Take a Wish

Digital download and CD (with lyrics booklet) available from Bandcamp.

Ten of Paul’s contemporary folk compositions on his 2003 debut solo album.

Wexford-based singer-songwriter Paul O’Reilly blends folk, country and traditional styles in equal measure on this impressive self-produced debut. Though claiming influences from James Taylor, Neil Young and Bob Dylan among others, his main inspiration appears to lie much closer to home. Jimmy McCarthy is one clear influence on his song writing approach – you could easily imagine Mary Black performing a song like ‘Be With You’ or the poignant title track. With its shuffling country rhythm, ‘Expressions’ is more than slightly reminiscent of Mick Hanley’s ‘Past The Point Of Rescue’ while the tin whistle accompaniment lends a song like ‘Run Now Run’ a strong traditional feel.

His lyrical subject matter is in the main introspective, dealing with life and relationships in all their complexities. But he’s not afraid to tackle serious issues such as a failing marriage (‘Leave The Key Behind’) or domestic violence (‘Bobby’s Tears’). He even broaches the thorny subject of current Middle-Eastern politics on ‘Arabs Tent’ – a song that sonically evokes the spirit of Moving Heart’s classic ‘Hiroshima Nagasaki (Russian Roulette)’.

While the production and acoustic accompaniment is stripped down with minimal studio gimmickry, the arrangements are sympathetically carried out. O’Reilly is an impressive guitar player too, as evidenced by the fret-work on ‘Ode To See’ which is very much in the style of Paul Brady’s ‘Arthur McBride’.

O’Reilly shows plenty of promise here.

Colm O’ Hare – Hotpress – 21/01/2004

I first came across the superb musical talent of Paul O’Reilly at the Wexford Songwriters Club, at one of our regular Tuesday night shows in Finnegan’s, South Main Street, Wexford. Paul is a powerfully melodic singer, with a masterful touch on his well-crafted guitar accompaniments. So it was an exiting prospect to be asked to review his album Take A Wish, and this recording certainly didn’t disappoint. From the soulfully plaintive, Ode to See, to the more upbeat Expressions, to the country roots feel of Leave the Key Behind, Paul takes us down a diverse musical road that is paved with expressive lyrics and richly woven accompaniments. Throughout the album, Paul’s words are a prime example of how to express feelings without soppy sentimentality. The opening love song, Be With You, hits the mark without descending into worn-out clichés. There is social comment here too. The Arabs Tent, encompasses the wars in the Middle East and shows off the virtuosity of Richard King (formerly of Threepenny Opera) on lead guitar and dobro. Paul demonstrates the breadth of his scope in The Prom Song, which deals with a down-and-out man and his life. This is a folk song in the Stockton’s Wing mode, with a haunting whistle accompaniment from Padraig Sinnott of Fonn. In fact, in the course of this recording, Paul surrounds himself with other great musicians. Shelly O’Reilly gives outstanding piano performances on Be With You and Goodbye, while Siobhan McCormack adds a beautiful female dimension to the vocals on Leave the Key Behind. M.J. O’Reilly’s harmonica on the heart-rending Bobby’s Tears is subtle and tuneful. Throughout the album, and especially on the title track, Paul’s vocals and harmonies are well polished. Also, his bass and bouzouki playing both give perfect rhythmic depth his well-crafted arrangements. Paul recorded, engineered and mixed these songs at his home and the professional quality of this album is a testimony to this man’s range of talents. Kieran Goss better move over, there is a new kid, and a new voice, on the block.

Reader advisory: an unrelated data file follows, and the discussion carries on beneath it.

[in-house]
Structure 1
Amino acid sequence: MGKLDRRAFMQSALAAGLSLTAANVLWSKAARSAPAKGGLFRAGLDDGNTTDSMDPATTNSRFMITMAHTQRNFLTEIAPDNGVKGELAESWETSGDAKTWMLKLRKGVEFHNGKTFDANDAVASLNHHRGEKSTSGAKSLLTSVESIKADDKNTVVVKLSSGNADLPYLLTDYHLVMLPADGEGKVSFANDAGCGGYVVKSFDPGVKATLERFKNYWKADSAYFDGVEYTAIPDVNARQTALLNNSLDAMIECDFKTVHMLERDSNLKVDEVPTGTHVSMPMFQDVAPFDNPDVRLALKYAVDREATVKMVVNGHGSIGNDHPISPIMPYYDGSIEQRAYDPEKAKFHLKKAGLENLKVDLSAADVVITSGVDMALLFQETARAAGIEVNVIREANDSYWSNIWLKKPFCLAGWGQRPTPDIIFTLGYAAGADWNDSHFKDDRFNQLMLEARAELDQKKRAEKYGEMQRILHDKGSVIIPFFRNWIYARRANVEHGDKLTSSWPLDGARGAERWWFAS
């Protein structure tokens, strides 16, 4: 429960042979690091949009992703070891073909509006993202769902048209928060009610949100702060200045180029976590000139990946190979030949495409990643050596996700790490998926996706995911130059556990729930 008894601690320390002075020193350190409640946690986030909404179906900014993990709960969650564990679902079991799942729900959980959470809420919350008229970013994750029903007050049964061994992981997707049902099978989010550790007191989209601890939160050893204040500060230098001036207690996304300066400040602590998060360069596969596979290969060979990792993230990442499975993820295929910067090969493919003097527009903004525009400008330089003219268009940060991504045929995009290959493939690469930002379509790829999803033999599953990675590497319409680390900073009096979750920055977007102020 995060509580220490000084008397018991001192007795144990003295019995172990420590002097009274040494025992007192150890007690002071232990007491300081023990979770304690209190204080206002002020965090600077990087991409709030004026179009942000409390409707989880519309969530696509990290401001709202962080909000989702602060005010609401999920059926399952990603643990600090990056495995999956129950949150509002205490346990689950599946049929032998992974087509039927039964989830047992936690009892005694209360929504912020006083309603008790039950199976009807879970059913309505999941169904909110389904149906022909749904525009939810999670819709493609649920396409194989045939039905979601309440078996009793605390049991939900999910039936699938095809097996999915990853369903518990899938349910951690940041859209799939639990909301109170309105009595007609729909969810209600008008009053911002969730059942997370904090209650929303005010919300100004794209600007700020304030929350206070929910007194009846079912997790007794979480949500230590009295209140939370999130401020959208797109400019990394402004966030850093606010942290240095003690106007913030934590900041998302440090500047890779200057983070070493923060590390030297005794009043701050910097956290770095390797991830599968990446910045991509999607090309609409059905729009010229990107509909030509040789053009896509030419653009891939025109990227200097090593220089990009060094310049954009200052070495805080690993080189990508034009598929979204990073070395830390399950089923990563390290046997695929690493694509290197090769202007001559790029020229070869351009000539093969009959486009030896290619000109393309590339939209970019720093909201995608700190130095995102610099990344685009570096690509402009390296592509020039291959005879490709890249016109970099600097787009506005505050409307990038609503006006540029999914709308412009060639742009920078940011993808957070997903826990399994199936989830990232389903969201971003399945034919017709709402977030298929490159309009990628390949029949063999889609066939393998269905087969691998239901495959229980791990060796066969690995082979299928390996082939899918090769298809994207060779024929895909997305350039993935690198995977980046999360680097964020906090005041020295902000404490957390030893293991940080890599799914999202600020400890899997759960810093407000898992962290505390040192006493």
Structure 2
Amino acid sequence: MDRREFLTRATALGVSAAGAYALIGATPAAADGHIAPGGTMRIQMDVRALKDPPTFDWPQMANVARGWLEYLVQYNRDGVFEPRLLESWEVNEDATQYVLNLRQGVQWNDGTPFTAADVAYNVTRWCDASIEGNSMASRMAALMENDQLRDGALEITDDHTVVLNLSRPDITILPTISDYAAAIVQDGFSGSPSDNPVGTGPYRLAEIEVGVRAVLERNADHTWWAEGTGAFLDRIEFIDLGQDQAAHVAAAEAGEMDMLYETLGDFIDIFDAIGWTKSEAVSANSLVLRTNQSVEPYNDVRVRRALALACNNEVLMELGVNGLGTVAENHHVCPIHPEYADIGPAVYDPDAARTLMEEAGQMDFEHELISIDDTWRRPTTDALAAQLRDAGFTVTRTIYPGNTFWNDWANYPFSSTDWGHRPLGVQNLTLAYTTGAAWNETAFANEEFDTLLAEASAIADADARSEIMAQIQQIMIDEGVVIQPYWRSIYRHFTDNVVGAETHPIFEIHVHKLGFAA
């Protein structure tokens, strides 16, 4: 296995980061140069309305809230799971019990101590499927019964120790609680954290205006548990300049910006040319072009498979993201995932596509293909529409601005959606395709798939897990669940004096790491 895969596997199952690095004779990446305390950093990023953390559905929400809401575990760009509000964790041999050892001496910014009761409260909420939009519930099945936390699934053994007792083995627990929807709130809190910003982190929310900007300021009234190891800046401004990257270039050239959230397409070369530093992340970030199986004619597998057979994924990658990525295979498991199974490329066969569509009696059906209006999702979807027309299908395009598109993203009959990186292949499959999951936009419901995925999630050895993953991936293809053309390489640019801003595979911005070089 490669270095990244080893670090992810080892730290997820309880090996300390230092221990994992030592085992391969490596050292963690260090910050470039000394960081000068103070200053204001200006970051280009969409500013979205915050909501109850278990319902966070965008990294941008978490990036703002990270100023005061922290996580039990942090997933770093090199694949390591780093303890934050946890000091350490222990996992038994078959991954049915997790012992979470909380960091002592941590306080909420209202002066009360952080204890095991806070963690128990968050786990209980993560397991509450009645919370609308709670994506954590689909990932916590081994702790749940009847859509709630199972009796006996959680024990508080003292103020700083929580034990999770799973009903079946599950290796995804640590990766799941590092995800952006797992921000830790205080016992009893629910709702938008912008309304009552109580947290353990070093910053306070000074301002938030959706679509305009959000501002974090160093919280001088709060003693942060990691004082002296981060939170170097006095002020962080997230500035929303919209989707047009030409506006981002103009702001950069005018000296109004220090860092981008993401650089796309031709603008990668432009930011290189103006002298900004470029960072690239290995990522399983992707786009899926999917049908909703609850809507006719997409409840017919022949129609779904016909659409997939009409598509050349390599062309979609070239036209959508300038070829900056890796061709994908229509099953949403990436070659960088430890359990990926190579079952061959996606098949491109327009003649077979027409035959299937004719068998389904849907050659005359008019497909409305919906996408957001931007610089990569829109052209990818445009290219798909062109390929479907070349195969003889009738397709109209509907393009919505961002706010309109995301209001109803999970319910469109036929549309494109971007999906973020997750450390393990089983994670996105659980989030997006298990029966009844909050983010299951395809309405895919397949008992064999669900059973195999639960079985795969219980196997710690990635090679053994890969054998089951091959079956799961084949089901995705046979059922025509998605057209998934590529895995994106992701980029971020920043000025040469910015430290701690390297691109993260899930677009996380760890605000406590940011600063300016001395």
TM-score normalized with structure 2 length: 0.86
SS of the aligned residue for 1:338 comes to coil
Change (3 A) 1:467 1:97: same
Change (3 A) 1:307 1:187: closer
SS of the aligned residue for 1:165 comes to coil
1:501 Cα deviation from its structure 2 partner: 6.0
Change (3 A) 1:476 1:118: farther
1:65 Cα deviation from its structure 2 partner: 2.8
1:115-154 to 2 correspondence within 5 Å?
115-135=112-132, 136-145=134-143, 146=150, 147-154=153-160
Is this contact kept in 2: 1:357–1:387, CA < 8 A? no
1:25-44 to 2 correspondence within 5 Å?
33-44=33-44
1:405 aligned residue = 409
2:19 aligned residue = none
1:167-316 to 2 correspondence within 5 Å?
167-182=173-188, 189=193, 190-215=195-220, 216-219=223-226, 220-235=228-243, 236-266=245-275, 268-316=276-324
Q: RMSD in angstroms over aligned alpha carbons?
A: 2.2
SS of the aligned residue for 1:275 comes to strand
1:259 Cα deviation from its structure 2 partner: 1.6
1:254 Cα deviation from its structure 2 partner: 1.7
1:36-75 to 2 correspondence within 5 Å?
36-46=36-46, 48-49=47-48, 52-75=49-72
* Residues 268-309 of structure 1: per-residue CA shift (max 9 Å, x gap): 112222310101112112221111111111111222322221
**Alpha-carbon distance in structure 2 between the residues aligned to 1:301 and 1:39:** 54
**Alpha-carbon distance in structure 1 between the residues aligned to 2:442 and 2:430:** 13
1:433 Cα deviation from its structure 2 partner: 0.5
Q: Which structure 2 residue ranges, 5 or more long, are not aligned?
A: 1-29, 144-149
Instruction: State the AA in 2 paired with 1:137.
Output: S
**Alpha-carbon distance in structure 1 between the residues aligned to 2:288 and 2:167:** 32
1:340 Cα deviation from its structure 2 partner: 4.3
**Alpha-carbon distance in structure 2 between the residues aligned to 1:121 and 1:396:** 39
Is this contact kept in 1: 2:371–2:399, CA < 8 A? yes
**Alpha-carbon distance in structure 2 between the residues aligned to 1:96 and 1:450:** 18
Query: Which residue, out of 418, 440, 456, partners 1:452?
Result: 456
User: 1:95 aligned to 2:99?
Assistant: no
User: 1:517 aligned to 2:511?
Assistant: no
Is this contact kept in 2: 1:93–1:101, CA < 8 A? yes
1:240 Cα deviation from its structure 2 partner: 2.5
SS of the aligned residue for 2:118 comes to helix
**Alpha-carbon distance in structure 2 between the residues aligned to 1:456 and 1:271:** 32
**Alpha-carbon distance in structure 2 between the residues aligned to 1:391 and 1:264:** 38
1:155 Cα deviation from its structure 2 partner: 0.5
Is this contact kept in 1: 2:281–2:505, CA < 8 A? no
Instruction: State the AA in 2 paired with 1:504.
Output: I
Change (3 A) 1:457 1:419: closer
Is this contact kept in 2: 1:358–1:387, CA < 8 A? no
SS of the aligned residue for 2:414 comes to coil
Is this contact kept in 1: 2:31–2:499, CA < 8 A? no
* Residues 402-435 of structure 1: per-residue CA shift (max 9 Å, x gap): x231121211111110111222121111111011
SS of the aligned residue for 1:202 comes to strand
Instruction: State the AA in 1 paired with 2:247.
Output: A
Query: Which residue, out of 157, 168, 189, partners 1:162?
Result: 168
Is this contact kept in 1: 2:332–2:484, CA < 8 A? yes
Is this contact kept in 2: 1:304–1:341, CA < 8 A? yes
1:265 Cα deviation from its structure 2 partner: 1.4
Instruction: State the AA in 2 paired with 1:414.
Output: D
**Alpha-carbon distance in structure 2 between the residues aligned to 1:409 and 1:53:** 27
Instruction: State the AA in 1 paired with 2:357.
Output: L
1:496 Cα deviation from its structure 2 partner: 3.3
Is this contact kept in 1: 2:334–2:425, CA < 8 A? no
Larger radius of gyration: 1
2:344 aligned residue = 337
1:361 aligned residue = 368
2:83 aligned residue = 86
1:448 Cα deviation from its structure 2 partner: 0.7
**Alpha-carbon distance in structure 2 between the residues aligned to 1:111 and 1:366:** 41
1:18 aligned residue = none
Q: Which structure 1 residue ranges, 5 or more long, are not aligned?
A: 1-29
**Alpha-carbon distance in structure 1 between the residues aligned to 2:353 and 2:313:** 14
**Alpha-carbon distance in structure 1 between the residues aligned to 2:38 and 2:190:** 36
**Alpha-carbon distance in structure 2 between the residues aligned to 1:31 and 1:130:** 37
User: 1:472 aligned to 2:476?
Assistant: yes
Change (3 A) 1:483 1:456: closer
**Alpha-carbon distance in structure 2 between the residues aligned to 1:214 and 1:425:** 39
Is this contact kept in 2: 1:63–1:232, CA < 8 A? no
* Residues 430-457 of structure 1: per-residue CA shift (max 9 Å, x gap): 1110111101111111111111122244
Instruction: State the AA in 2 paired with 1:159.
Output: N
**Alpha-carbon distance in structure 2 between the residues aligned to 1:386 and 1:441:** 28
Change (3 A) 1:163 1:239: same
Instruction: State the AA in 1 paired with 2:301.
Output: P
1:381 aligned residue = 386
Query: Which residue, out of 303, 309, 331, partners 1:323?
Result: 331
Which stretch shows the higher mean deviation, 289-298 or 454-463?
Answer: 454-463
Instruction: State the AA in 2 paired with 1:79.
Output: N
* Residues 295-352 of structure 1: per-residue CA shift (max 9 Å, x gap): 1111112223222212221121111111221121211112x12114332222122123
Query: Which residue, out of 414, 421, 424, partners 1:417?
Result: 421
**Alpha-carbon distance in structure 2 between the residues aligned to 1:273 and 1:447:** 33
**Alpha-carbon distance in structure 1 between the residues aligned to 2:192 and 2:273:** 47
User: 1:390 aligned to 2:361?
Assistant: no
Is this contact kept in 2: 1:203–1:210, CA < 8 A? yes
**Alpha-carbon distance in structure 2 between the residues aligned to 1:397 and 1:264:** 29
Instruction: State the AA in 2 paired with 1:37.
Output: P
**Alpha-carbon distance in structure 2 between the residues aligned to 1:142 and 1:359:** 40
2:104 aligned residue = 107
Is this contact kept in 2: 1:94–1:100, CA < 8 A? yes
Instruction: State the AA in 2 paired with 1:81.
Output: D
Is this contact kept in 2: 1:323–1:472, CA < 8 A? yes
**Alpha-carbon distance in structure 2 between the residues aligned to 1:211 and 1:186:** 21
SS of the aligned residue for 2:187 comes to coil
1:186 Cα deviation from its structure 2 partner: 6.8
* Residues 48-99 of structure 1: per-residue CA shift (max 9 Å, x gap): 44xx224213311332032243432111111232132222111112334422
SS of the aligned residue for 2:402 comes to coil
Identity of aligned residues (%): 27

Ian Barry – Wexford Song Club – 16/07/2004